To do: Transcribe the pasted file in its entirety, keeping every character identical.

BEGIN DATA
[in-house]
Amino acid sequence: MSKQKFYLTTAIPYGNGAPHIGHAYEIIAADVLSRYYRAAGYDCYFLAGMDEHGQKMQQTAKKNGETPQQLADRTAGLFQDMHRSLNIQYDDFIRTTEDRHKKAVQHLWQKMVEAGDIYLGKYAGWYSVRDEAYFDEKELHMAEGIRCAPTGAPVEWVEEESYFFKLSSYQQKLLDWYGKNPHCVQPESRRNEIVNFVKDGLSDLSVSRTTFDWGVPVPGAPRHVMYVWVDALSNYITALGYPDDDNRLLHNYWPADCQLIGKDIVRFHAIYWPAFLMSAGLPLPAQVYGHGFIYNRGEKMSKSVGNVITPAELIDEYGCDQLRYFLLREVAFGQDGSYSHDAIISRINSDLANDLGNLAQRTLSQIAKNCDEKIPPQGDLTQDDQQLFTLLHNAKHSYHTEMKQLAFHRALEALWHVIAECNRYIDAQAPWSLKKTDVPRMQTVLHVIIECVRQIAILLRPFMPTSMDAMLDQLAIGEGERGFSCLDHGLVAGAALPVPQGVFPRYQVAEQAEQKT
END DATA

[in-house]
Amino acid sequence: MSKQKFYLTTAIPYGNGAPHIGHAYEIIAADVLSRYYRAAGYDCYFLAGMDEHGQKMQQTAKKNGETPQQLADRTAGLFQDMHRSLNIQYDDFIRTTEDRHKKAVQHLWQKMVEAGDIYLGKYAGWYSVRDEAYFDEKELHMAEGIRCAPTGAPVEWVEEESYFFKLSSYQQKLLDWYGKNPHCVQPESRRNEIVNFVKDGLSDLSVSRTTFDWGVPVPGAPRHVMYVWVDALSNYITALGYPDDDNRLLHNYWPADCQLIGKDIVRFHAIYWPAFLMSAGLPLPAQVYGHGFIYNRGEKMSKSVGNVITPAELIDEYGCDQLRYFLLREVAFGQDGSYSHDAIISRINSDLANDLGNLAQRTLSQIAKNCDEKIPPQGDLTQDDQQLFTLLHNAKHSYHTEMKQLAFHRALEALWHVIAECNRYIDAQAPWSLKKTDVPRMQTVLHVIIECVRQIAILLRPFMPTSMDAMLDQLAIGEGERGFSCLDHGLVAGAALPVPQGVFPRYQVAEQAEQKT